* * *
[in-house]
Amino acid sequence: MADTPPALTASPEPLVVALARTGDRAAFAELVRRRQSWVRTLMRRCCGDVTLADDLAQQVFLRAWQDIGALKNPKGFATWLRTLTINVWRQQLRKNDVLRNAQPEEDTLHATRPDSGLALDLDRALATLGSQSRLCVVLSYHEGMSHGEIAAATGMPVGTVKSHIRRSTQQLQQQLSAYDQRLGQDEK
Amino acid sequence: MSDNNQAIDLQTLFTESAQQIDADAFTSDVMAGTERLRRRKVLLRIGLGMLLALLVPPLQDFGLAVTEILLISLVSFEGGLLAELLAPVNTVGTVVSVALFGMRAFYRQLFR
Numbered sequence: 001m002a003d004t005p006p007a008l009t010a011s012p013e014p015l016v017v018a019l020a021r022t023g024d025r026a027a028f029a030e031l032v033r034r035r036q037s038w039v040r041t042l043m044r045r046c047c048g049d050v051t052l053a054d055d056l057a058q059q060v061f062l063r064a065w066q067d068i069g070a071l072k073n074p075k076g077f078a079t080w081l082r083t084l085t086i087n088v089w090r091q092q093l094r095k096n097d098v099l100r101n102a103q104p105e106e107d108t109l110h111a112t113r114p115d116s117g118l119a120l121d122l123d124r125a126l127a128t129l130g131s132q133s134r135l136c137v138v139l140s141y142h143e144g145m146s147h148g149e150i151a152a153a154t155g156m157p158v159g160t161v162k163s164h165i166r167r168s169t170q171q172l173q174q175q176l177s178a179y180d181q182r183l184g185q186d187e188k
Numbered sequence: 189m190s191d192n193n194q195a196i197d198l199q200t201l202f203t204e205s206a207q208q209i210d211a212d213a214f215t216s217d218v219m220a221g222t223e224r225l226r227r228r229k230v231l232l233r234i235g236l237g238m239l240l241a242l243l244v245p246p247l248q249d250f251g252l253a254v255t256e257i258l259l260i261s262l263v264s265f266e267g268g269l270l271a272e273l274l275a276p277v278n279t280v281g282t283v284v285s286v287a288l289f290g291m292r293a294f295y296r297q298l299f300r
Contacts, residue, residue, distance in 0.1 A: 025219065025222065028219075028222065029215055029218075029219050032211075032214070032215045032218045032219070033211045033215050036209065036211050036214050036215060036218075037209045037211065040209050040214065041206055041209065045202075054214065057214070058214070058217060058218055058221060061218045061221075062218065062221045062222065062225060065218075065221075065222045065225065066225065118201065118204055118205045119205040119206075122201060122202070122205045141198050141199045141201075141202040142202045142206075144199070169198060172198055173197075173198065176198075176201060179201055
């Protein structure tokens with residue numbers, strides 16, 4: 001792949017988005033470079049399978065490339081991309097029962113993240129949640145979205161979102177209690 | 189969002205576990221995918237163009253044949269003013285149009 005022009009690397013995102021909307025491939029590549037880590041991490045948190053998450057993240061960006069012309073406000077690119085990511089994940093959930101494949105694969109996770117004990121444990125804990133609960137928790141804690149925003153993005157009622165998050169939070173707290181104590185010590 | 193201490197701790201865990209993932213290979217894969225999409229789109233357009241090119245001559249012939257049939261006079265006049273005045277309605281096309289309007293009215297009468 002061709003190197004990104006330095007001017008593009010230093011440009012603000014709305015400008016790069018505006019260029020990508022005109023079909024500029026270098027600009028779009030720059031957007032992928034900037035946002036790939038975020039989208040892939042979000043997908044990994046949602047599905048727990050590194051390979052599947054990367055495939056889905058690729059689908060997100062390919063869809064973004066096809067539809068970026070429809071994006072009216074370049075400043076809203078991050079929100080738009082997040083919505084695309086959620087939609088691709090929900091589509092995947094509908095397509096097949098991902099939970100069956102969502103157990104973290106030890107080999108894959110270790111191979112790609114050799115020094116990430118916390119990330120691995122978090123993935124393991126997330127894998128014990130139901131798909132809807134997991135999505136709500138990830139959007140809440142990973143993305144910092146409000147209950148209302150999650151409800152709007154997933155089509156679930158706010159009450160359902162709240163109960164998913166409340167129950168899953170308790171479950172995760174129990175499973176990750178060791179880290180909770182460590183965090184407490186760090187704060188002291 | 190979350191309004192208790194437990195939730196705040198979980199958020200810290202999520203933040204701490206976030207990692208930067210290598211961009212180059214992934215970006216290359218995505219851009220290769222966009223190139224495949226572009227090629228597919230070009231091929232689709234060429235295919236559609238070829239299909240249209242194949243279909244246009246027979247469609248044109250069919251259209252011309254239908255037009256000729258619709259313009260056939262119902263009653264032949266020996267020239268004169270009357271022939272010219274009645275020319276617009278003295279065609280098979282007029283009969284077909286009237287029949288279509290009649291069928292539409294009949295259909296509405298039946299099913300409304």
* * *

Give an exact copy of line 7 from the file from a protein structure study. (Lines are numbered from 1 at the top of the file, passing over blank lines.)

């Protein structure tokens with residue numbers, strides 16, 4: 001792949017988005033470079049399978065490339081991309097029962113993240129949640145979205161979102177209690 | 189969002205576990221995918237163009253044949269003013285149009 005022009009690397013995102021909307025491939029590549037880590041991490045948190053998450057993240061960006069012309073406000077690119085990511089994940093959930101494949105694969109996770117004990121444990125804990133609960137928790141804690149925003153993005157009622165998050169939070173707290181104590185010590 | 193201490197701790201865990209993932213290979217894969225999409229789109233357009241090119245001559249012939257049939261006079265006049273005045277309605281096309289309007293009215297009468 002061709003190197004990104006330095007001017008593009010230093011440009012603000014709305015400008016790069018505006019260029020990508022005109023079909024500029026270098027600009028779009030720059031957007032992928034900037035946002036790939038975020039989208040892939042979000043997908044990994046949602047599905048727990050590194051390979052599947054990367055495939056889905058690729059689908060997100062390919063869809064973004066096809067539809068970026070429809071994006072009216074370049075400043076809203078991050079929100080738009082997040083919505084695309086959620087939609088691709090929900091589509092995947094509908095397509096097949098991902099939970100069956102969502103157990104973290106030890107080999108894959110270790111191979112790609114050799115020094116990430118916390119990330120691995122978090123993935124393991126997330127894998128014990130139901131798909132809807134997991135999505136709500138990830139959007140809440142990973143993305144910092146409000147209950148209302150999650151409800152709007154997933155089509156679930158706010159009450160359902162709240163109960164998913166409340167129950168899953170308790171479950172995760174129990175499973176990750178060791179880290180909770182460590183965090184407490186760090187704060188002291 | 190979350191309004192208790194437990195939730196705040198979980199958020200810290202999520203933040204701490206976030207990692208930067210290598211961009212180059214992934215970006216290359218995505219851009220290769222966009223190139224495949226572009227090629228597919230070009231091929232689709234060429235295919236559609238070829239299909240249209242194949243279909244246009246027979247469609248044109250069919251259209252011309254239908255037009256000729258619709259313009260056939262119902263009653264032949266020996267020239268004169270009357271022939272010219274009645275020319276617009278003295279065609280098979282007029283009969284077909286009237287029949288279509290009649291069928292539409294009949295259909296509405298039946299099913300409304």